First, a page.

7 Betwixt Principle and Practice 927 states tended to end with the evacuation of Union troops. Given that this was our lived history, why exactly should we highly value states rights? Exactly when and where except amongst a certain group of academics preaching high theory did the principle of states rights ever lead to better governance or simple justice? More importantly, this lived history undermines the argument for the electoral college. A sensible argument might be crafted defending the two vote bonus for each state: effectively overvaluing small states relative to large ones. It is even possible to defend the equality of state representation in a rare House contingency election. 15 But any such system posits that the sense of the people is, at the very least, consulted in each State on election day. 16 If the whites exclude the blacks from voting, then such States become rotten boroughs where the few who enjoy the de jure or de facto franchise effectively control the State s entire block of electors. If this is the upshot of the electoral college, then perhaps we would all be better off risking some increased fraud in order to provide every jurisdiction with sufficient incentive 17 to see to it that all our citizens, convicted felons then serving time and those who participated in rebellion excepted, who wish to vote can vote. Of course, such considerations lead inexorably to direct popular election for President and Vice-President. Incredibly, in the one place in her book touching on the exclusion of former slaves from the polls, Ross uses that fact merely to argue that Hayes, the winner of the electoral vote in 1876, might also have won the popular vote and that therefore the electoral college is wrongly criticized when that contested election is cited as a clear example of the system producing the wrong winner. 18 Is not a larger criticism to be gleaned from these facts? I.e., that in the period following the Civil War, Presidents sometimes won in the electoral college by taking entire and complete state electoral slates in States where freedmen and their descendants could not vote? If that is a fair restatement of our historical past, then it is not clear in what way past elections might be proxies for measuring the success of the electoral college as an institution, even with regard to Ross s limited purpose of measuring broad popu- 15 See 3 JOSEPH STORY, COMMENTARIES ON THE CONSTITUTION OF THE UNITED STATES 1456, at 321 (photo. reprint Fred B. Rothman Publications, 2d printing 1999) (1833) ( [I]f the people do not elect a President [in the electoral college using rough proportionality by population], there is a greater chance of electing one in this [different] mode [in the House where all States have an equal vote]. ). 16 ROSS, supra note 1, at 142 ( The Electoral College was devised to ensure that a President will have the support of the people. ). Cf. id. at 130 ( [V]oter attention to the actions of Congressmen [in a House contingency election] would act as a disincentive to deal-making because congressional members must seek reelection if they are to continue in office. ). Ross s position here is odd. For the voters to monitor their Congressmen, their votes must be publicly cast. But past House contingency elections were conducted by secret ballot, as prescribed by the Constitution. See U.S. Const. art. II, cl. 3 (House shall choose by ballot ), amended by id. amend. XII (same). Perhaps Ross will consider a constitutional amendment for this purpose? 17 The Fourteenth Amendment tried to address the problem of the state-as-a-rotten-borough by creating a mechanism that would penalize states engaging in vote theft by reducing their representation in Congress. See U.S. Const. amend. XIV, 3. This scheme failed to accomplish its purpose. 18 ROSS, supra note 1, at 169.
8 928 Seth Barrett Tillman larity in many states, crossing regions, reflecting moderate national coalitions. In short, the argument if it ain t broke, don t fix it just won t work. History does not show that the system has worked. In other words, Ross argues that the winner in the electoral college might not have a plurality of popular votes, but will generally have achieved victory in a majority of States, which will reflect a measure of broad popular appeal. But if States are allowed to award electors while concomitantly excluding citizens from voting, then the whole exercise is pointless, even on Ross s terms. The checkerboard of States on election night is a reflection, not of the sense of the people in a democratic republic on federal principles, but of an election stolen by means of law. Ross Makes Philosophical or Abstract Arguments That Are Not Well Supported. Ross defends the indirect election of the President by electors chosen by the people on a state by state basis. Ross defends the two elector bonus for each State. Ross even defends state equality in House contingency elections. She has a variety of justifications. But justifying these two election schemes is no easy task, particularly because they are so different from one another. Her defense is mainly rooted in federalism 19 and states rights. 20 It is not altogether clear that she distinguishes these two positions. In essence, she argues that but for these departures from allotting electors in proportion to state population, the little States would be victims of the big States, and tyranny of the majority would be the result rather than reasoned deliberative democracy. 21 Does this really make sense? Id. at 52 (defending electoral college as an element of federalism embracing local and national constituencies). 20 Id. at 64 (declaiming the modern loss of appreciation for States Rights ); id. at 203 (arguing that states votes, rather than individual votes, ensures that winning presidential candidates will be the best ). 21 Id. at 12 (defending electoral college as a protector of minorities and small states); id. at 32 (arguing that goal of electoral college is to avoid tyranny of the majority); id. at 33 (noting that small states are a permanent minority constituency ); id. at 39 (arguing that purpose of electoral college was to preclude irrational majorities ); id. at 121 (noting need to maintain system in which large states [cannot] trampl[e] on the smaller states ). 22 There are times in Ross s analysis where she departs from Burkean if it ain t broke, don t fix it in favor of a quasi-hobbesian position. But her approach in this regard is uneven and inconsistent. Compare id. at 119 ( If a [committed party] elector were to suddenly decide to exercise independence [thereby changing the election result]... the state s citizens would likely revolt. ), with id. at 140 ( A President is legitimately elected if he campaigned and won under the rules. To the small degree that voters do not perceive the election outcome as legitimate [when the plurality winner of the popular voters loses in the electoral college], this minor problem can and should be cured by educating voters on the important rationales underlying our system. ). Notably Ross does not want to educate voters to accept elector independence, given prior party commitments by electors, as implicit in the Constitution of Why the double standard? Cf. EDWARD S. CORWIN, THE TWILIGHT OF THE SUPREME COURT: A HISTORY OF OUR CONSTITUTIONAL THEORY 183 (1934) ( But certain people have recently raised the cry, Back to the Constitution. Just how far back would they like to go? ).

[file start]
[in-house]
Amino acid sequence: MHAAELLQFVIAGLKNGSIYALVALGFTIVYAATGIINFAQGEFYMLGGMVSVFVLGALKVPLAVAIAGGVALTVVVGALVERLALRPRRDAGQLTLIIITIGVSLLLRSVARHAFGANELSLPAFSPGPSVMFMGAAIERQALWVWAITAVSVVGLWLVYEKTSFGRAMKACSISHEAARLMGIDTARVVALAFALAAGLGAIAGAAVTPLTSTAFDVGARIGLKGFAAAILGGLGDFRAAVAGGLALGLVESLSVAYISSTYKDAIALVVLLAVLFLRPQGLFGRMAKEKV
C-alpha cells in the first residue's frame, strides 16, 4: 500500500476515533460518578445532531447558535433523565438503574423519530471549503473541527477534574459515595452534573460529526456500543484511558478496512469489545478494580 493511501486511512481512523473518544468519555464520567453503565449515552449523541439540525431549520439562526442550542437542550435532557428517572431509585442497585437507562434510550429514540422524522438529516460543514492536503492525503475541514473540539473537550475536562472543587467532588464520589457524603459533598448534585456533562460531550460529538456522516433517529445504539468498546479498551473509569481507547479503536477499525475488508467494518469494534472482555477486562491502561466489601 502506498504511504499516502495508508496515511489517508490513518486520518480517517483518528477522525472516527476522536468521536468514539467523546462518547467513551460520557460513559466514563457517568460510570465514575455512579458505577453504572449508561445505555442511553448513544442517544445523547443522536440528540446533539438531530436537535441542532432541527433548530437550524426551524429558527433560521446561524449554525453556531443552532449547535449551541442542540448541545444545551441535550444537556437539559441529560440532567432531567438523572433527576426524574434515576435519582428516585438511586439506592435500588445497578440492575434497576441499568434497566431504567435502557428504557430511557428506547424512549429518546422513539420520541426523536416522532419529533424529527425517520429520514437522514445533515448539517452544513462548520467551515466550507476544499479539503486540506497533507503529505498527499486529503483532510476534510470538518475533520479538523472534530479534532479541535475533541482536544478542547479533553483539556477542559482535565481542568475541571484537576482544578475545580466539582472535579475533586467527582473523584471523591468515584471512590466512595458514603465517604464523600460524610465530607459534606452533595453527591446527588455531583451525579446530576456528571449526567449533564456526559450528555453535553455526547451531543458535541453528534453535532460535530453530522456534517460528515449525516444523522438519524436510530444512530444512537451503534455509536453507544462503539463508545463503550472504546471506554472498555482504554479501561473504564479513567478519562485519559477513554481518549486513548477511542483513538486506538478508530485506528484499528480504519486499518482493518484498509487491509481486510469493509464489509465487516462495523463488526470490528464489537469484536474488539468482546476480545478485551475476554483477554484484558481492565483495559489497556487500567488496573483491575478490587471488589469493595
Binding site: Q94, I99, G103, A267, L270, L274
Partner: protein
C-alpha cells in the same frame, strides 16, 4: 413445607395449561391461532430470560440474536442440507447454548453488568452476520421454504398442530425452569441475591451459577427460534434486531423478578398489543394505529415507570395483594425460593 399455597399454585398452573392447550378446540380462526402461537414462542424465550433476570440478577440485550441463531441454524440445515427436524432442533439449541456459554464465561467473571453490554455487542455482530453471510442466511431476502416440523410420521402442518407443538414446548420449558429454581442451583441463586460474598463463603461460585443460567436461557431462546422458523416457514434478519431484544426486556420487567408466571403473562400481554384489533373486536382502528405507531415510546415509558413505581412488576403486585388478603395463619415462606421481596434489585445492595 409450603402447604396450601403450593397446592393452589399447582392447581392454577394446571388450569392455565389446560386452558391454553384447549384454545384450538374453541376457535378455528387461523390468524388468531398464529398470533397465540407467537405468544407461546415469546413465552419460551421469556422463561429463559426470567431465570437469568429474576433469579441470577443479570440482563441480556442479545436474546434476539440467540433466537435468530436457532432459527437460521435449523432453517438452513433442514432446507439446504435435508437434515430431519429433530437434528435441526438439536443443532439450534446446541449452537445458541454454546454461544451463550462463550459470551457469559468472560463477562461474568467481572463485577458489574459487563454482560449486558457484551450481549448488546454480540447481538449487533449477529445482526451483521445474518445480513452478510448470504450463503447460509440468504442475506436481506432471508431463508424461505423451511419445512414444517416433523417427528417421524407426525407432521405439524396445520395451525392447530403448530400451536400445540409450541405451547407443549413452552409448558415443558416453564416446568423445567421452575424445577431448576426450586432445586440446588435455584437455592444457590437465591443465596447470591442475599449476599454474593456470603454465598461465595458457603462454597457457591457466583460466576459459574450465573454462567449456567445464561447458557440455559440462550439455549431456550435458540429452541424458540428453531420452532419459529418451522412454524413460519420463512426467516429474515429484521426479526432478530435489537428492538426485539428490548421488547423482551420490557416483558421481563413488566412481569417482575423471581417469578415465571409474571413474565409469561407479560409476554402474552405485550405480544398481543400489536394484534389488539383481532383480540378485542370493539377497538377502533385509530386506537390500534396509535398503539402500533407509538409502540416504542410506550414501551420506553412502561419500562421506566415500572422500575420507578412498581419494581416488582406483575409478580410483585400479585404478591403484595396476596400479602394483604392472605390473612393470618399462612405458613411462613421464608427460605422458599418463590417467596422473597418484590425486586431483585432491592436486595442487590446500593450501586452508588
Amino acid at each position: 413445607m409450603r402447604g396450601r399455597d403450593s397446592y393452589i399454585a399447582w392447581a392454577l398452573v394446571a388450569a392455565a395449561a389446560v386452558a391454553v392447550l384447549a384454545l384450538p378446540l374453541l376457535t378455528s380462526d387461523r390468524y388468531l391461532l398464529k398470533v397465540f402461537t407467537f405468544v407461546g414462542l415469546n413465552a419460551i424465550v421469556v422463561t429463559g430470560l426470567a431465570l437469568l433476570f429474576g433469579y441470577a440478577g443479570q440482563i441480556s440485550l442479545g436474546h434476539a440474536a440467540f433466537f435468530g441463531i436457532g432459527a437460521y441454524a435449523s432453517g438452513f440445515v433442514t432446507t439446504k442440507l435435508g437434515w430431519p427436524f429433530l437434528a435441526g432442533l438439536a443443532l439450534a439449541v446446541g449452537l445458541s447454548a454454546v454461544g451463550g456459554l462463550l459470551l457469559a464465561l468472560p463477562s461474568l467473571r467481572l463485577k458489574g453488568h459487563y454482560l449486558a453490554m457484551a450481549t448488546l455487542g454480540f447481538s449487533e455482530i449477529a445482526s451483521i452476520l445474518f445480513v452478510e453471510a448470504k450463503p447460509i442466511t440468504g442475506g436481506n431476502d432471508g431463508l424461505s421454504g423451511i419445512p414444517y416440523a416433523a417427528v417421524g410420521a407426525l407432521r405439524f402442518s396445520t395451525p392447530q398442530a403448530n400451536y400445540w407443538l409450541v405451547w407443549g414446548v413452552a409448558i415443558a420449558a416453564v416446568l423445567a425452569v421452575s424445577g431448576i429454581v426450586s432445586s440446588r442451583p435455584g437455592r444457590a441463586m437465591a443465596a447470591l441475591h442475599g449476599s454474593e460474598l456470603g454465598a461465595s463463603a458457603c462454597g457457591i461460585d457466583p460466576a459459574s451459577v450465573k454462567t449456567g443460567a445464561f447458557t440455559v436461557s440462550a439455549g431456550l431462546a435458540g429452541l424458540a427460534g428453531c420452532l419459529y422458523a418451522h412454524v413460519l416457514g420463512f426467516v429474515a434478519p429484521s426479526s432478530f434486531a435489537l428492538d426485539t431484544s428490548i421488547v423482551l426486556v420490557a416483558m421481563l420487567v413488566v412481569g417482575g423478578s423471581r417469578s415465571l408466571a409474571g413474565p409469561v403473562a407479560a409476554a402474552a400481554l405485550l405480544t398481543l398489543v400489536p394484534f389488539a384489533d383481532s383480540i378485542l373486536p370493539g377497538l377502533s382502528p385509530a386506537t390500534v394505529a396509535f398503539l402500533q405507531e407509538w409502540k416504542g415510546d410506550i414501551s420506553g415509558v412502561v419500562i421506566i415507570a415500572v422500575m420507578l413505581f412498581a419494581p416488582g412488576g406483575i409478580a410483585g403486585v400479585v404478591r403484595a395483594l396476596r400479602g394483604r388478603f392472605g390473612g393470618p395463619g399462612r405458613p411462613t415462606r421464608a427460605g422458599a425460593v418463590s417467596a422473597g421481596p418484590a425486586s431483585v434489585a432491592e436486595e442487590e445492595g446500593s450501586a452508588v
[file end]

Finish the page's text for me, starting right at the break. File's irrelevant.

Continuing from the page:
9 Betwixt Principle and Practice 929 It is true that the Founders believed that a system exclusively allotting all government power in proportion to population might systematically disadvantage small States. But were they correct in that belief? Is there any evidence from our history that the larger States might have or could have colluded against the small States? If this fear has no basis in fact, why should we depart from general democratic principles: allotting electors to States in proportion to population, absent the two electoral vote bonus for each State? Are not the large States, compared to one another, heterogeneous in the same way that the small States are? Moreover, the very fact that these two very different election schemes can be defended in terms of federalism teaches that a very wide variety of institutions are consistent with that broad philosophical position. A fundamental difference between the two systems is the size of the bonus. If the size of the State bonus given each State exceeds the number of electors allotted to all States on a population basis (i.e., imagine all States received a 50,000 electoral vote bonus, rather than a bonus of a mere two electoral votes), then you have engineered political equality amongst the States. Any candidate carrying 26 States (including the District of Columbia) will prevail. So the size of the bonus matters. But if any bonus, 2 votes, 3 votes, 4 votes, or 50,000 votes, is consistent with federalist principles, would not a bonus of one vote rather than two have worked too? And given the equal representation of all States in the Senate as another device to protect small States, did the small States need any bonus at all for the purpose of electing the President? Federalism and states rights are just too broad to use as defenses for the particular characteristics of the system the Founders built. It is very easy to criticize. And any book spanning more than two-hundred years of legal doctrine and American history is bound to make a few stray mistakes. This is particularly true when the institution the author seeks to explain and defend departs so far from current democratic mores. Ross has directed her efforts to achieving a herculean, if not impossible, task in one slender volume. Despite its faults, on the whole hers is a readable book that largely achieves its intended purpose.